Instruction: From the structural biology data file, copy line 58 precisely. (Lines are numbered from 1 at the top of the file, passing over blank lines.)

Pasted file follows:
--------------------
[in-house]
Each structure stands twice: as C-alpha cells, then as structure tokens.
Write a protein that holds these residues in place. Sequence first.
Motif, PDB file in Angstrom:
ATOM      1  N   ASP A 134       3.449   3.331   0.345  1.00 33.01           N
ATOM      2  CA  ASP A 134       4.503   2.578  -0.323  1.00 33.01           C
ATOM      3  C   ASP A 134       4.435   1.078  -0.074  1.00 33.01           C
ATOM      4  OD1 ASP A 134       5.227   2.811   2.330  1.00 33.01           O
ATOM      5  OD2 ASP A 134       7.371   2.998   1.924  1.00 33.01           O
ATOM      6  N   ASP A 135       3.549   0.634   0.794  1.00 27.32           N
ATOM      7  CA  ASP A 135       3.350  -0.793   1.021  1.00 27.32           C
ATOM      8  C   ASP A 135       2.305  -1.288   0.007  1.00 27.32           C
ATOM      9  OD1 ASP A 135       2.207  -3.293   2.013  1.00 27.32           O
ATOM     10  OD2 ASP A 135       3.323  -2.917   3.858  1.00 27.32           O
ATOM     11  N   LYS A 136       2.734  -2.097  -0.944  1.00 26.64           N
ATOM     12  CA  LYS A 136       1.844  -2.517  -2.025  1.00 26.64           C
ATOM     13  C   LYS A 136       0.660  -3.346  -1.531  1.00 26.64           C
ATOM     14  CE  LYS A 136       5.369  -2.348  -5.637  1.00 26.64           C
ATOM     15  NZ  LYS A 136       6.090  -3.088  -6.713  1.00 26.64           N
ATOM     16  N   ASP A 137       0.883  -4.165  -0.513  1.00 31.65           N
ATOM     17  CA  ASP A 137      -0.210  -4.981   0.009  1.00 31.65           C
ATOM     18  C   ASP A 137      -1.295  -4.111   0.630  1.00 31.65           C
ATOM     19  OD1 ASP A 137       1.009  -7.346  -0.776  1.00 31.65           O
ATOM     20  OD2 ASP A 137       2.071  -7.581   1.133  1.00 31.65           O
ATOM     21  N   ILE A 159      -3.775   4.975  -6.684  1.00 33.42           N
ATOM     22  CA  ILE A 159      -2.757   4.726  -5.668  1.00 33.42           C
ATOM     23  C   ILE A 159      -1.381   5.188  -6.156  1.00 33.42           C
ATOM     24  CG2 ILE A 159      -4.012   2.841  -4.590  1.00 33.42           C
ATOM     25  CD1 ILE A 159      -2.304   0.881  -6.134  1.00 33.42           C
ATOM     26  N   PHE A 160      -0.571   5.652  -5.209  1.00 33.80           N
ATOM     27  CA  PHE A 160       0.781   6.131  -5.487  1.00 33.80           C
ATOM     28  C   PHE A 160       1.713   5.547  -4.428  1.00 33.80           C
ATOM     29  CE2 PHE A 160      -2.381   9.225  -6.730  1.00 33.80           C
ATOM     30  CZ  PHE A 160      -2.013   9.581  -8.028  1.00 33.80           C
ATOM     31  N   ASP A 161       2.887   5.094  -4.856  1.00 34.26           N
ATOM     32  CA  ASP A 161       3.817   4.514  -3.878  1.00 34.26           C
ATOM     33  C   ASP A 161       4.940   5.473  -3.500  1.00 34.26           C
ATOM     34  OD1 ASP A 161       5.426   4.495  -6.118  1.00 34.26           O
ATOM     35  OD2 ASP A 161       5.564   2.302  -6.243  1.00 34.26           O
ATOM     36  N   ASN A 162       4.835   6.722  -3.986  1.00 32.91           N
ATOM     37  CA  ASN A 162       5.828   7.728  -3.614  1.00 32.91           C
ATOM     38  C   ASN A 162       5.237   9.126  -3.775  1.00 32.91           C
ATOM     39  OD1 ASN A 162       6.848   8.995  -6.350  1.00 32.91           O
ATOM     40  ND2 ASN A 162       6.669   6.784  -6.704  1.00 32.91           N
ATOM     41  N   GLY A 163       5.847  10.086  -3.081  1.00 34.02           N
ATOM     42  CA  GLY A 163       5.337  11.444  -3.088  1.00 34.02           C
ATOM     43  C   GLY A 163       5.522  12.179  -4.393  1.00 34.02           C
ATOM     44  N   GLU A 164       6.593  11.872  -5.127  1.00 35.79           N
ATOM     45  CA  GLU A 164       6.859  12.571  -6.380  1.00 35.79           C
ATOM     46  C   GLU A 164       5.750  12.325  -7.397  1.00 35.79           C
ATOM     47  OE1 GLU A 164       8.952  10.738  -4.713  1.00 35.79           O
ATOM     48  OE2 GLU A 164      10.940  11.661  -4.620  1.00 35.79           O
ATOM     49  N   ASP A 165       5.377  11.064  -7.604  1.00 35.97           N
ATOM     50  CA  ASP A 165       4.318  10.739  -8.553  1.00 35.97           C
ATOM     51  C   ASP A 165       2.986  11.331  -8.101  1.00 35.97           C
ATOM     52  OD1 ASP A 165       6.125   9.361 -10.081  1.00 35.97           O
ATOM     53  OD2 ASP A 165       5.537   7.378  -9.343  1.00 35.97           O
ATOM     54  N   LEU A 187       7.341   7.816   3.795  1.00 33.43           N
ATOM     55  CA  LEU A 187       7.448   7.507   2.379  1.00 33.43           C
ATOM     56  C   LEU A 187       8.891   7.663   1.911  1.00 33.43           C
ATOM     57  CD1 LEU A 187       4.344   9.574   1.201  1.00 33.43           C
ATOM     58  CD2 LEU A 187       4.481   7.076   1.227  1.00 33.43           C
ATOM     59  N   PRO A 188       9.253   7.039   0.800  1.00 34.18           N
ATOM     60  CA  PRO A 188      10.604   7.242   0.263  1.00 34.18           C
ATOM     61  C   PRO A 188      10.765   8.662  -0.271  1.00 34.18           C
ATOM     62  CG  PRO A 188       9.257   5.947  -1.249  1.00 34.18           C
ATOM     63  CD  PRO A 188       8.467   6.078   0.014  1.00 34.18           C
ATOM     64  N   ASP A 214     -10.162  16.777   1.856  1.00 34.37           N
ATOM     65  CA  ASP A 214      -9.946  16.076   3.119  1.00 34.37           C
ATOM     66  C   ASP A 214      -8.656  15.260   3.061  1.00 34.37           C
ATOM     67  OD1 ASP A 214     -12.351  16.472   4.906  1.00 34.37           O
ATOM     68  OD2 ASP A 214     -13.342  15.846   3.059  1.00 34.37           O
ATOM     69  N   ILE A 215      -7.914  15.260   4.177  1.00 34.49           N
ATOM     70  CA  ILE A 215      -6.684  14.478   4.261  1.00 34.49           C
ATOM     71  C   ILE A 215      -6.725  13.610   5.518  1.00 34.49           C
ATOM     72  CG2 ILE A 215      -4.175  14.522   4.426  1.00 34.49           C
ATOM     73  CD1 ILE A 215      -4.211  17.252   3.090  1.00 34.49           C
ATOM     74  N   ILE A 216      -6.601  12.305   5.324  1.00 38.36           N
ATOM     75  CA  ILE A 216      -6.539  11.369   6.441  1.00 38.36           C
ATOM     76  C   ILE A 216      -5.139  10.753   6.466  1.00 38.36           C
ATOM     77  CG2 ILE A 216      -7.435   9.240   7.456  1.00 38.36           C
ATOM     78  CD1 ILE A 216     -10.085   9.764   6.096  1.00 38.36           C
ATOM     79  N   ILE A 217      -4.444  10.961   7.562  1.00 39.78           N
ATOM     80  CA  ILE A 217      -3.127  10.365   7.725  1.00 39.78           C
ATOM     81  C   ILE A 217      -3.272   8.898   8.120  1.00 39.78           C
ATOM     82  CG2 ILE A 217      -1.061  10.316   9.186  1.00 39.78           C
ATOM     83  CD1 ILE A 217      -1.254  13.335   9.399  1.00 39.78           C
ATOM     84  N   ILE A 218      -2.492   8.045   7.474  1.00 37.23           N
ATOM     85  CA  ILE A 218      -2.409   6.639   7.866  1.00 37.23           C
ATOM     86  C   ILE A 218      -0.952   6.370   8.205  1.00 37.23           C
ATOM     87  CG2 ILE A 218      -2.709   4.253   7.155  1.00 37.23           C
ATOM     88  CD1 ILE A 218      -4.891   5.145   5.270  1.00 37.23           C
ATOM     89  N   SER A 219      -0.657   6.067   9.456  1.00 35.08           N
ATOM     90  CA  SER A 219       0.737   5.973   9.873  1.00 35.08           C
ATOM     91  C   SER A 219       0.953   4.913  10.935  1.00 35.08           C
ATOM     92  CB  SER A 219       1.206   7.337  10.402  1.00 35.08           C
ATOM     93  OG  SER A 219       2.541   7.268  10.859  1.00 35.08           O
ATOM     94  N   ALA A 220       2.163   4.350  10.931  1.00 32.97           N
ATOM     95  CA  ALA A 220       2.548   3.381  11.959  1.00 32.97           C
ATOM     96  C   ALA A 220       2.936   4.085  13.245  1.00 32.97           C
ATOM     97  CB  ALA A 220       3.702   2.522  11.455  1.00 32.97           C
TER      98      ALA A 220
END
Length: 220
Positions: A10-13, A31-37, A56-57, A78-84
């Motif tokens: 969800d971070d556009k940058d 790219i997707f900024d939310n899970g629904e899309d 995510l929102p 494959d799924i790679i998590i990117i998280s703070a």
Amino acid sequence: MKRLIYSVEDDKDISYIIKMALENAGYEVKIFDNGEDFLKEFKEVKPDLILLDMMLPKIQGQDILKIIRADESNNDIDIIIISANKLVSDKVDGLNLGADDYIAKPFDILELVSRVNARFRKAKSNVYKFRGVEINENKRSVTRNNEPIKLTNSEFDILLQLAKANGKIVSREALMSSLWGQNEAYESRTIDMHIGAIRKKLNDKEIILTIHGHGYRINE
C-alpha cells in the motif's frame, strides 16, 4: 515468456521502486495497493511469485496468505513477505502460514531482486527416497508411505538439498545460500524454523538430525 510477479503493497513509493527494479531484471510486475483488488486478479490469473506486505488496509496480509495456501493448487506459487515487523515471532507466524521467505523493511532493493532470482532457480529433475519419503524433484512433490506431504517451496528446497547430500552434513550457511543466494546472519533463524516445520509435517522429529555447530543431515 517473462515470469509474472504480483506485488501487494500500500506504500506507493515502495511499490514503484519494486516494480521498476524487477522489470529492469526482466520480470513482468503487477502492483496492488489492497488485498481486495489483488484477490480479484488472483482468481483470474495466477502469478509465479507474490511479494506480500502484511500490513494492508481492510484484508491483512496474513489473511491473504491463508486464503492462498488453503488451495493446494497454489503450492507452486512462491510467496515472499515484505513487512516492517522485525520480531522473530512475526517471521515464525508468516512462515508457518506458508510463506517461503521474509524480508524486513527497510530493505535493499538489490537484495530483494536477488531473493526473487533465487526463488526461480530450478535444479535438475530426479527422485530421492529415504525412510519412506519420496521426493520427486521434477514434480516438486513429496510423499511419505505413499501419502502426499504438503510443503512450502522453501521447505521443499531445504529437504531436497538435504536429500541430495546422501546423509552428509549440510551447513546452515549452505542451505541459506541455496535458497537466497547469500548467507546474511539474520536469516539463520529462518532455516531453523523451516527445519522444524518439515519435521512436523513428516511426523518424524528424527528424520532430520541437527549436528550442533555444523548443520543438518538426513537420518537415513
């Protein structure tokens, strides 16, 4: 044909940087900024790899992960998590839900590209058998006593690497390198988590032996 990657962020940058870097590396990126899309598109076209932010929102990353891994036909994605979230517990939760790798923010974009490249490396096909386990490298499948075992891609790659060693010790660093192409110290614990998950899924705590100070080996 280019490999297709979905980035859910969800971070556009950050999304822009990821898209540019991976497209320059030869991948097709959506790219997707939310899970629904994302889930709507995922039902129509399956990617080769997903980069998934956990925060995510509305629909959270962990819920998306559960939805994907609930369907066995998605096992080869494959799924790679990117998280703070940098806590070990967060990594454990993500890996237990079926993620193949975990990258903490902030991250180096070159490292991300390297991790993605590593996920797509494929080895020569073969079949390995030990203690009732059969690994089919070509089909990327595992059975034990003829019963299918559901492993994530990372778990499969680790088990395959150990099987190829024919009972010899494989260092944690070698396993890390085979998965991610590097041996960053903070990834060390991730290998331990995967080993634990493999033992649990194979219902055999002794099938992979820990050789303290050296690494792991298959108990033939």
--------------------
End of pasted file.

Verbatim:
ATOM     54  N   LEU A 187       7.341   7.816   3.795  1.00 33.43           N